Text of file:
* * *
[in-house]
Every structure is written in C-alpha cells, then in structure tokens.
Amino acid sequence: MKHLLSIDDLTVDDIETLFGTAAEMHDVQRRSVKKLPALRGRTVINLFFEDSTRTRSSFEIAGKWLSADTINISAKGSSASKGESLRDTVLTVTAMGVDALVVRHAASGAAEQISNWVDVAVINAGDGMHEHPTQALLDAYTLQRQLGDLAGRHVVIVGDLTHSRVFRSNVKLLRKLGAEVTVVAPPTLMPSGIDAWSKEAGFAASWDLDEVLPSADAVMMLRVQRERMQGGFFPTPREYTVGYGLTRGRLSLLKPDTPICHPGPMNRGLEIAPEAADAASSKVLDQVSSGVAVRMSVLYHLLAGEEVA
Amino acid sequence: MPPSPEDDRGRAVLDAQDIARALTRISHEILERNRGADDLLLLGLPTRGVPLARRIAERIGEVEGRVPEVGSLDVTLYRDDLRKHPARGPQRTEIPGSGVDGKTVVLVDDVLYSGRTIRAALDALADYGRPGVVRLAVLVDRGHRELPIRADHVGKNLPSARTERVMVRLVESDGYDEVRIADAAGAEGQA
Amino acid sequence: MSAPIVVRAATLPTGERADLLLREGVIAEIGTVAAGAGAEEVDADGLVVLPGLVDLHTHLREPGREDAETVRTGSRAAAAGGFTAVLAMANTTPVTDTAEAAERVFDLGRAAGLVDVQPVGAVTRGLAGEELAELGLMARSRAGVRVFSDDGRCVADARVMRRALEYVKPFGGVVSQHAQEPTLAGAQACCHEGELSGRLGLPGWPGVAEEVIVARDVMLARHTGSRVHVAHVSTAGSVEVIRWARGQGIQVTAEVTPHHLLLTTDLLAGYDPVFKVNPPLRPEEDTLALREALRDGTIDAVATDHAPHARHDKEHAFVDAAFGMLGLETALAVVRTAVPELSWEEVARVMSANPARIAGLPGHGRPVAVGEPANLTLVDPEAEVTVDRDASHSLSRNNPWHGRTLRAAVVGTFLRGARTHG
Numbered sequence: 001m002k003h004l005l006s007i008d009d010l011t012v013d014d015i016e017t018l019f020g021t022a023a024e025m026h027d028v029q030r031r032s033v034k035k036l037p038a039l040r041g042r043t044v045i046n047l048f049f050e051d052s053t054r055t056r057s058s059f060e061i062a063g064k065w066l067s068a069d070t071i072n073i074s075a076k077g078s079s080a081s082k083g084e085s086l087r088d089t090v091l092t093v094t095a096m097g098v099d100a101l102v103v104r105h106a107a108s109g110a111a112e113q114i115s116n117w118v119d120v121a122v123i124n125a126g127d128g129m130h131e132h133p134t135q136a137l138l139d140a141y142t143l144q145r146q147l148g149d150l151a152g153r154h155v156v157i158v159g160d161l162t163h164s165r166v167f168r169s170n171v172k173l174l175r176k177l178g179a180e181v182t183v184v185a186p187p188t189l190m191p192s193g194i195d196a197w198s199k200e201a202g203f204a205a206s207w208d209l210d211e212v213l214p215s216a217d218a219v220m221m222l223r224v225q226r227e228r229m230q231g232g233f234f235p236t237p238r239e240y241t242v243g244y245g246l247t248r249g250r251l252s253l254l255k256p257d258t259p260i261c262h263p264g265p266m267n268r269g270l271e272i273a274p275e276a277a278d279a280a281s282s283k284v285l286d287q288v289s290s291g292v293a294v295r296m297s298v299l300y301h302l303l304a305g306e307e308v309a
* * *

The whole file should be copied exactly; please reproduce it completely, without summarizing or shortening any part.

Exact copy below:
[in-house]
Every structure is written in C-alpha cells, then in structure tokens.
Amino acid sequence: MKHLLSIDDLTVDDIETLFGTAAEMHDVQRRSVKKLPALRGRTVINLFFEDSTRTRSSFEIAGKWLSADTINISAKGSSASKGESLRDTVLTVTAMGVDALVVRHAASGAAEQISNWVDVAVINAGDGMHEHPTQALLDAYTLQRQLGDLAGRHVVIVGDLTHSRVFRSNVKLLRKLGAEVTVVAPPTLMPSGIDAWSKEAGFAASWDLDEVLPSADAVMMLRVQRERMQGGFFPTPREYTVGYGLTRGRLSLLKPDTPICHPGPMNRGLEIAPEAADAASSKVLDQVSSGVAVRMSVLYHLLAGEEVA
Amino acid sequence: MPPSPEDDRGRAVLDAQDIARALTRISHEILERNRGADDLLLLGLPTRGVPLARRIAERIGEVEGRVPEVGSLDVTLYRDDLRKHPARGPQRTEIPGSGVDGKTVVLVDDVLYSGRTIRAALDALADYGRPGVVRLAVLVDRGHRELPIRADHVGKNLPSARTERVMVRLVESDGYDEVRIADAAGAEGQA
Amino acid sequence: MSAPIVVRAATLPTGERADLLLREGVIAEIGTVAAGAGAEEVDADGLVVLPGLVDLHTHLREPGREDAETVRTGSRAAAAGGFTAVLAMANTTPVTDTAEAAERVFDLGRAAGLVDVQPVGAVTRGLAGEELAELGLMARSRAGVRVFSDDGRCVADARVMRRALEYVKPFGGVVSQHAQEPTLAGAQACCHEGELSGRLGLPGWPGVAEEVIVARDVMLARHTGSRVHVAHVSTAGSVEVIRWARGQGIQVTAEVTPHHLLLTTDLLAGYDPVFKVNPPLRPEEDTLALREALRDGTIDAVATDHAPHARHDKEHAFVDAAFGMLGLETALAVVRTAVPELSWEEVARVMSANPARIAGLPGHGRPVAVGEPANLTLVDPEAEVTVDRDASHSLSRNNPWHGRTLRAAVVGTFLRGARTHG
Numbered sequence: 001m002k003h004l005l006s007i008d009d010l011t012v013d014d015i016e017t018l019f020g021t022a023a024e025m026h027d028v029q030r031r032s033v034k035k036l037p038a039l040r041g042r043t044v045i046n047l048f049f050e051d052s053t054r055t056r057s058s059f060e061i062a063g064k065w066l067s068a069d070t071i072n073i074s075a076k077g078s079s080a081s082k083g084e085s086l087r088d089t090v091l092t093v094t095a096m097g098v099d100a101l102v103v104r105h106a107a108s109g110a111a112e113q114i115s116n117w118v119d120v121a122v123i124n125a126g127d128g129m130h131e132h133p134t135q136a137l138l139d140a141y142t143l144q145r146q147l148g149d150l151a152g153r154h155v156v157i158v159g160d161l162t163h164s165r166v167f168r169s170n171v172k173l174l175r176k177l178g179a180e181v182t183v184v185a186p187p188t189l190m191p192s193g194i195d196a197w198s199k200e201a202g203f204a205a206s207w208d209l210d211e212v213l214p215s216a217d218a219v220m221m222l223r224v225q226r227e228r229m230q231g232g233f234f235p236t237p238r239e240y241t242v243g244y245g246l247t248r249g250r251l252s253l254l255k256p257d258t259p260i261c262h263p264g265p266m267n268r269g270l271e272i273a274p275e276a277a278d279a280a281s282s283k284v285l286d287q288v289s290s291g292v293a294v295r296m297s298v299l300y301h302l303l304a305g306e307e308v309a